California’s Anti-School Tax Revolt
Something unexpected happened in California on Super Tuesday. While most media attention was focused on the state’s presidential primary for the Democrat party, there was also one statewide proposition on the ballot, which would have authorized the state government to borrow $15 billion to repair and upgrade schools, to be paid for by raising taxes on Californians.
KTLA describes what was at stake for the state’s voters on 2020’s Proposition 13:
The only statewide measure on Tuesday’s California primary ballot is a $15 billion bond to repair and modernize aging schools, many of which are more than a half-century old and have issues ranging from leaky roofs and old wiring to toxic mold.
Some $9 billion from Proposition 13 would go to K-12 schools, with priority given to addressing health and safety concerns such as removing asbestos and eliminating lead from drinking water.
Of that, $5.8 billion would go to updating school facilities, followed by $2.8 billion for new construction and $500 million each for charter schools and facilities for technical education.
The borrowed money does come with a price tag: taxpayers would owe an estimated $11 billion in interest over the next 35 years, according to the nonpartisan Legislative Analyst’s Office.
In addition to the state’s teachers’ unions, who would directly stand to benefit from the measure, Proposition 13 was backed by leading state political leaders, including Governor Gavin Newsom (D) and all of the national presidential candidates for the Democrat Party competing in the state’s Super Tuesday primary.
The high level of competition among the Democratic party’s presidential candidates brought high numbers of enthusiastic supporters to the polls, which should have bode well for Proposition 13 because registered Democratic Party voters in California outnumber registered Republican voters by nearly a 2-to-1 margin.
And yet, they refused to pass 2020’s Proposition 13. The Associated Press‘ Michael R. Blood writes an epitaph for the measure:
Everyone knows that living in California comes with a price: Its residents pay some of the nation’s highest taxes on the money they earn, the gas they pump and the clothes they wear. But for the moment, at least, it appears voters have had enough.
The defeat Tuesday of the largest borrowing proposal in the history of California schools — $15 billion for repairs — has opened the question of whether Californian voters put a temporary halt to the growth of government debt because of the unsettled political scene, or because they are on the cusp of a tax revolt akin to one in the 1970s that brought landmark changes to property taxes.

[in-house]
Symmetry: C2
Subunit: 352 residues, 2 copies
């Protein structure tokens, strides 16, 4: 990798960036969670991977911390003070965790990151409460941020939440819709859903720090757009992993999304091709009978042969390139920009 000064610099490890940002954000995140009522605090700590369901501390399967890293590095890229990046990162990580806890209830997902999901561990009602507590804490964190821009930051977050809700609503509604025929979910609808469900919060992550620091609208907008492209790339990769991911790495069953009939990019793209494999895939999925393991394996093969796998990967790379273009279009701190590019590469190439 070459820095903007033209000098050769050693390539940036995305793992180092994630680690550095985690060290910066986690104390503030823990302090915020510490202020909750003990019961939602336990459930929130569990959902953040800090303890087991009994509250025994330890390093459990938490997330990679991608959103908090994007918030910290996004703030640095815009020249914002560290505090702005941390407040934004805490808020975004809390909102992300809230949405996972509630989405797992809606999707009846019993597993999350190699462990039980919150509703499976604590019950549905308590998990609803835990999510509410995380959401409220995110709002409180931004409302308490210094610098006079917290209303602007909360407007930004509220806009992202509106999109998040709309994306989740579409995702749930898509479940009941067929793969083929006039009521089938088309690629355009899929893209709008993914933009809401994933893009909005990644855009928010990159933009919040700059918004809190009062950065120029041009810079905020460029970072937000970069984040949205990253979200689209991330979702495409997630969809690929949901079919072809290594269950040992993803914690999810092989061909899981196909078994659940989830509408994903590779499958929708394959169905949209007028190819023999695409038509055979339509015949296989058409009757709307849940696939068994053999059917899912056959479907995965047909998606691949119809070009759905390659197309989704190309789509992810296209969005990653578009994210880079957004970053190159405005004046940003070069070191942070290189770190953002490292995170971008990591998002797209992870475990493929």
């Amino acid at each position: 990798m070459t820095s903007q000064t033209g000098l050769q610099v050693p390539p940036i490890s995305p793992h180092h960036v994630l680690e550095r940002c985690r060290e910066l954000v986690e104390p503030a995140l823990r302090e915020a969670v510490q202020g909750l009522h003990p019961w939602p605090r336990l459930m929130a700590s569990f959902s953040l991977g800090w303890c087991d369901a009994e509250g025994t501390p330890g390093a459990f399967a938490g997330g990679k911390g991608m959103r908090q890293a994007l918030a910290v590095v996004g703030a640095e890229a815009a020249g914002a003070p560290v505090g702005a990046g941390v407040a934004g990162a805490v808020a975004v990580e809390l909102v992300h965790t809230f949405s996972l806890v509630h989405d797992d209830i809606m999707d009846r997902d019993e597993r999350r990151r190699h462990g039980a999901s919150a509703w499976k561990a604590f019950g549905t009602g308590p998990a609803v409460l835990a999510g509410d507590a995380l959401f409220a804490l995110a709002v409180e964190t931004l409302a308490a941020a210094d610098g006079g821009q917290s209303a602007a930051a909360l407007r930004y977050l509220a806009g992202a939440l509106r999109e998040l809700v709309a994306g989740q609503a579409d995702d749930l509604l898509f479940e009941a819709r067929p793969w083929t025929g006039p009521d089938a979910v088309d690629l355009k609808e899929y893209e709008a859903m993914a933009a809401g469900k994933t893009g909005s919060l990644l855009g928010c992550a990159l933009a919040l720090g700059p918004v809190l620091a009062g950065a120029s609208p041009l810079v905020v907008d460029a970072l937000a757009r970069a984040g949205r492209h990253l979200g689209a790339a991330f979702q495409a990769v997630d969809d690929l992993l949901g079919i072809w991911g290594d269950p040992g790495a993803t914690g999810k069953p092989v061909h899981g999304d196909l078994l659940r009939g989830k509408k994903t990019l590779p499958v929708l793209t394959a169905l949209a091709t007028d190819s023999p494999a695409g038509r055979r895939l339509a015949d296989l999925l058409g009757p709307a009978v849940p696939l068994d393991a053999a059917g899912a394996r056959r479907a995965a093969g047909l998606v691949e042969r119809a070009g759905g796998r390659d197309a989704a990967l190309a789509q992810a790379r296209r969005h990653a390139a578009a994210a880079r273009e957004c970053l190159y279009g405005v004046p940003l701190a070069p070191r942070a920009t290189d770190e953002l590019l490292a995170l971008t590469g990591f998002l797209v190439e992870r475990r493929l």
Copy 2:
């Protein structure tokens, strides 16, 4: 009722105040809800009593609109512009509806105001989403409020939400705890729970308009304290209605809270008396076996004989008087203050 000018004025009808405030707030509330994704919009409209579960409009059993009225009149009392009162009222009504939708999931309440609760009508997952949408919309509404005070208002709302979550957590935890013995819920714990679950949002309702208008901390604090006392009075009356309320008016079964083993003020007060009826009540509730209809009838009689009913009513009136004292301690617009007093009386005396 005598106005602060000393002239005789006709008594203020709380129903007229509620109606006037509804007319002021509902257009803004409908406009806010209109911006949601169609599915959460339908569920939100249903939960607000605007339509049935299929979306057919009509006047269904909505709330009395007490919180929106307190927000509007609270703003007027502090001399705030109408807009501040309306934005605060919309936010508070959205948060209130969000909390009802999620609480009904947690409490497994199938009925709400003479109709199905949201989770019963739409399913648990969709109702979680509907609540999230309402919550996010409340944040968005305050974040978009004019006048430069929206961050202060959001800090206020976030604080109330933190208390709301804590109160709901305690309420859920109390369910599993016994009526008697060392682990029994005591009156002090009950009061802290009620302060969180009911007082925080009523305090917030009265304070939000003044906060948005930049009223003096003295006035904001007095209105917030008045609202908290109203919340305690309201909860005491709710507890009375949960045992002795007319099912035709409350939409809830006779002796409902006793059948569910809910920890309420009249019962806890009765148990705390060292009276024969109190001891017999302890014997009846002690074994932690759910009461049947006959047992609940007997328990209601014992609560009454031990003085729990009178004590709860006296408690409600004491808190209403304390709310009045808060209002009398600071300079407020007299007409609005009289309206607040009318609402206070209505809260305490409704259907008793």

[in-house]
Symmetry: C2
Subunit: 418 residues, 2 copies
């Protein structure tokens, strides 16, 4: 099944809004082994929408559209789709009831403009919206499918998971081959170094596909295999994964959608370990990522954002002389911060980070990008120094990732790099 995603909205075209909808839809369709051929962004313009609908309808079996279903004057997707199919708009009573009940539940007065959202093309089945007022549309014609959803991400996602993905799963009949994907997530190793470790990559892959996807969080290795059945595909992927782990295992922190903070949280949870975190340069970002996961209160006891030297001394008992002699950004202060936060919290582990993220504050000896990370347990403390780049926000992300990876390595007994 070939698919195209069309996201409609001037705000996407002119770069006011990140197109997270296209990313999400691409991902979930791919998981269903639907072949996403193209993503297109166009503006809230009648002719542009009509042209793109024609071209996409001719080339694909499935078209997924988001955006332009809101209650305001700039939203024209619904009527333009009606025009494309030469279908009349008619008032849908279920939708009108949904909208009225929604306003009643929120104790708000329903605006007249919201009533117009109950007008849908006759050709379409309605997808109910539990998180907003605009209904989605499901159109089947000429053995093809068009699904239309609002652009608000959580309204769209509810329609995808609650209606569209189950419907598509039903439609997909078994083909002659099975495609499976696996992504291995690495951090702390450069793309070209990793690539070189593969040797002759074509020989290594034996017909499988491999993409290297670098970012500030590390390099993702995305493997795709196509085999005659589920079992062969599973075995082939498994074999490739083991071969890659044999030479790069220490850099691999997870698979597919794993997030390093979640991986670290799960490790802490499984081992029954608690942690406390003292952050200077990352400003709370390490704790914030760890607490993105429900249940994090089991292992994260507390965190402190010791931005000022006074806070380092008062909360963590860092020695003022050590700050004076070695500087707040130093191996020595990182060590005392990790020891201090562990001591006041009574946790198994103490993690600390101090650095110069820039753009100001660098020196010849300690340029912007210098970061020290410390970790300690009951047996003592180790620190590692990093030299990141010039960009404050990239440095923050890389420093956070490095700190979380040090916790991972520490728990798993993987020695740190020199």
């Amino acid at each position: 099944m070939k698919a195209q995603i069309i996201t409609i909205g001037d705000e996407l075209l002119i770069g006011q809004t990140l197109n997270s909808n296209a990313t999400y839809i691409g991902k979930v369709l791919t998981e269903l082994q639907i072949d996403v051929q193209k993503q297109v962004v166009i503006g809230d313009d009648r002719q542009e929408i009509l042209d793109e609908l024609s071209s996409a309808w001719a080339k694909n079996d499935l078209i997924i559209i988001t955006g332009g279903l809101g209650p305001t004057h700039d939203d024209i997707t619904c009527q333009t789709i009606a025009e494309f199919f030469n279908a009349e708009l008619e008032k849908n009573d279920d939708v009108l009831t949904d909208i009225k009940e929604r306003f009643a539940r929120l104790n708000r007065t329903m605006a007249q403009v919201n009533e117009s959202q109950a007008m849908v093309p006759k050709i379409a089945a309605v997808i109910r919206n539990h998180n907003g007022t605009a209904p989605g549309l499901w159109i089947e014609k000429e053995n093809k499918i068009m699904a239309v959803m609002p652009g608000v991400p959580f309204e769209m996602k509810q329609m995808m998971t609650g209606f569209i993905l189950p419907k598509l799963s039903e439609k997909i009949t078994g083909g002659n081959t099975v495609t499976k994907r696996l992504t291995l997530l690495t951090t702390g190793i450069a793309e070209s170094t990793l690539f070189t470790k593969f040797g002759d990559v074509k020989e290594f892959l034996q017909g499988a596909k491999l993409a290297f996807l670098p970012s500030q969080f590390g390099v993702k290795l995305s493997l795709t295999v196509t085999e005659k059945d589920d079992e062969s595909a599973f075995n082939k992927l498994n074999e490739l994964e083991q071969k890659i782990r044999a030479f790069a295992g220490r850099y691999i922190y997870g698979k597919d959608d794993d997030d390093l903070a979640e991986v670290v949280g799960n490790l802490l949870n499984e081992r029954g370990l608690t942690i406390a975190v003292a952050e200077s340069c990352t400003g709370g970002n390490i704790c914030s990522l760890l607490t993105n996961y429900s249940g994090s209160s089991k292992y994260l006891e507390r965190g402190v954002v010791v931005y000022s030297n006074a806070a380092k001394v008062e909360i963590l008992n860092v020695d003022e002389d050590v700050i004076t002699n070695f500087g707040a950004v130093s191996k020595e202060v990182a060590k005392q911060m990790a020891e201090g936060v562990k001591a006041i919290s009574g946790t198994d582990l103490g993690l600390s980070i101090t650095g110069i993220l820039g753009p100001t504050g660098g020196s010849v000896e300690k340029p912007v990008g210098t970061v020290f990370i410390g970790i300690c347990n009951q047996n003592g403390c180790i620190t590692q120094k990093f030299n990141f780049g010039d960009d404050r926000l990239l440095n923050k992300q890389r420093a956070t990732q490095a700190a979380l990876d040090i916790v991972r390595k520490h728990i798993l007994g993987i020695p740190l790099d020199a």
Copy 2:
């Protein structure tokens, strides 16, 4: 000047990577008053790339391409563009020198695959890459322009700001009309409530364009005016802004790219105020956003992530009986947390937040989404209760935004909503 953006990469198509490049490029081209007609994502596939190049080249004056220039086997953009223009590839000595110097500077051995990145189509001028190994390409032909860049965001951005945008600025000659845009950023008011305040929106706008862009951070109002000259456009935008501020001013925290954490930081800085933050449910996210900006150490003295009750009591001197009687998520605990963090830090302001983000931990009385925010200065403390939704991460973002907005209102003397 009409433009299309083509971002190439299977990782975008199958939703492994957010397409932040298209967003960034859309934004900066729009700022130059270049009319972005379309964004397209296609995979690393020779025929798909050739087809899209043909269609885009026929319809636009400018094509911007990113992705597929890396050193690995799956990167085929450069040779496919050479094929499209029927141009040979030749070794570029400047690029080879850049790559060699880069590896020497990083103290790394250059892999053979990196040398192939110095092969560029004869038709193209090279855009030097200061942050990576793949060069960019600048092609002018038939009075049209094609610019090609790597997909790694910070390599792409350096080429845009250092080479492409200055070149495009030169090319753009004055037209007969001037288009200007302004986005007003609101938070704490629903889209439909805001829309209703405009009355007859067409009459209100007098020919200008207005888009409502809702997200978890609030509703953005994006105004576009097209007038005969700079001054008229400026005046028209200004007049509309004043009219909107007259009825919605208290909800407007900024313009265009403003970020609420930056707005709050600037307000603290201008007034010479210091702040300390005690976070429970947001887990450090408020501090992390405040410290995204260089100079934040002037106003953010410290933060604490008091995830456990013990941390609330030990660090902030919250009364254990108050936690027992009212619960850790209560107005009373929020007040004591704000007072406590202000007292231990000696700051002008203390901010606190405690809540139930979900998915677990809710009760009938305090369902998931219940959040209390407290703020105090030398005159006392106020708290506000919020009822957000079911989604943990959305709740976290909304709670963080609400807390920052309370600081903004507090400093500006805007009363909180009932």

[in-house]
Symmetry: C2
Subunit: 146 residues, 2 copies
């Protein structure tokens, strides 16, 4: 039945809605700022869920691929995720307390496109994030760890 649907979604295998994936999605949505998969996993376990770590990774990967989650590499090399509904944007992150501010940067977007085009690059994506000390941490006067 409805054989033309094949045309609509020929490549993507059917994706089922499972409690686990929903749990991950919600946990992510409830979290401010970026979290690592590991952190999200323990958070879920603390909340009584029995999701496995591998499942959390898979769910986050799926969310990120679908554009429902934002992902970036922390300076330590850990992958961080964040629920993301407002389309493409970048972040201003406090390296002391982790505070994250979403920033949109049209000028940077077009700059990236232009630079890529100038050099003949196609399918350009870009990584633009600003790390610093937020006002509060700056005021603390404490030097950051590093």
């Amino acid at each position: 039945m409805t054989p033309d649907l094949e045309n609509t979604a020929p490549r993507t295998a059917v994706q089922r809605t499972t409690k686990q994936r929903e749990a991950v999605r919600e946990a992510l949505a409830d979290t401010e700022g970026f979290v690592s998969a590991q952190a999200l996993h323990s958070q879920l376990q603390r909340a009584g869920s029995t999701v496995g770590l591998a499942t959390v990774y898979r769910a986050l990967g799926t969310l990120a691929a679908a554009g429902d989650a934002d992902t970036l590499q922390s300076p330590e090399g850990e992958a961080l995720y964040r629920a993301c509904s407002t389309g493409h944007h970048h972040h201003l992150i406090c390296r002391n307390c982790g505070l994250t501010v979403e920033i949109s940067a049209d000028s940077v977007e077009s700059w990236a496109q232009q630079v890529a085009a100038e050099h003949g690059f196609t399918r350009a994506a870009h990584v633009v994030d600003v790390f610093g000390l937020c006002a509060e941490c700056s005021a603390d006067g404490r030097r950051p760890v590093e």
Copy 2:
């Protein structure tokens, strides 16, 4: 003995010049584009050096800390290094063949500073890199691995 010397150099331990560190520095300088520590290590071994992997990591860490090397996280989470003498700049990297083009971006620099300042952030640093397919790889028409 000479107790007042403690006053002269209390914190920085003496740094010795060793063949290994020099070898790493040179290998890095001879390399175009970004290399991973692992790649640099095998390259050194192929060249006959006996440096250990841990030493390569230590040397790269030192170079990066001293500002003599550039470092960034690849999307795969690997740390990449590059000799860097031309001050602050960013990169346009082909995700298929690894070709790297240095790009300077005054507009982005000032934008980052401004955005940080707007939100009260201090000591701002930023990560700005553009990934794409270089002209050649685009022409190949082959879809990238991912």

By itself, the crash of the question on the March 3 primary ballot was striking — it’s been a generation since a state school bond failed and there was no telling moment prior to the election indicating voters had soured on it.
But it didn’t stop there. Voters rejected more than half of the 237 local tax and bond measures on that ballot, with several dozen contests still undecided as California authorities wade through hundreds of thousands of uncounted ballots, according to a tally by the California Taxpayers Association.
Blood cites a range of comments across the political spectrum to explain the election outcome. He quotes Dan Newman, a spokesman for a group backing the proposition, as chalking up the loss to voter “grumpiness toward taxes statewide.” Similarly, low-tax advocate Jon Coupal reportedly described the outcome as the result of voters having “grown cynical after repeatedly authorizing more money and debt for government with scant evidence that services or classrooms are improving.”
There may be something to that latter view. One of the biggest issues facing states across the nation is the role public employee pensions are playing in diverting tax dollars from the public services desired by voters. That problem is very pronounced in California, where EdSource, a California education advocacy group, produced a video describing the undesirable effects rising teacher pension costs are having on California’s schools:
EdSource’s video makes a point of the teacher with a $90,000 final income getting an annual guaranteed pension of $60,000, but no Social Security income. In 2017, the Motley Fool estimated that a person earning $100,000 a year while working would collect over $32,000 in annual Social Security income after they retired. California’s teachers who become fully vested in their government-provided pension plans retire much wealthier than most Americans.
It costs a lot to provide these very generous guaranteed pensions. The average cost for teacher pensions in California doubled to $1,000 per student in the 2017-18 school year. Since student enrollment in California’s public schools is falling, the cost to taxpayers of providing exceptionally generous pensions to teachers in the state has only been rising.
That means less and less money that voters approve for schools will be used to do the things that they expect schools to do. Is it any wonder that California’s voters are becoming tax fatigued?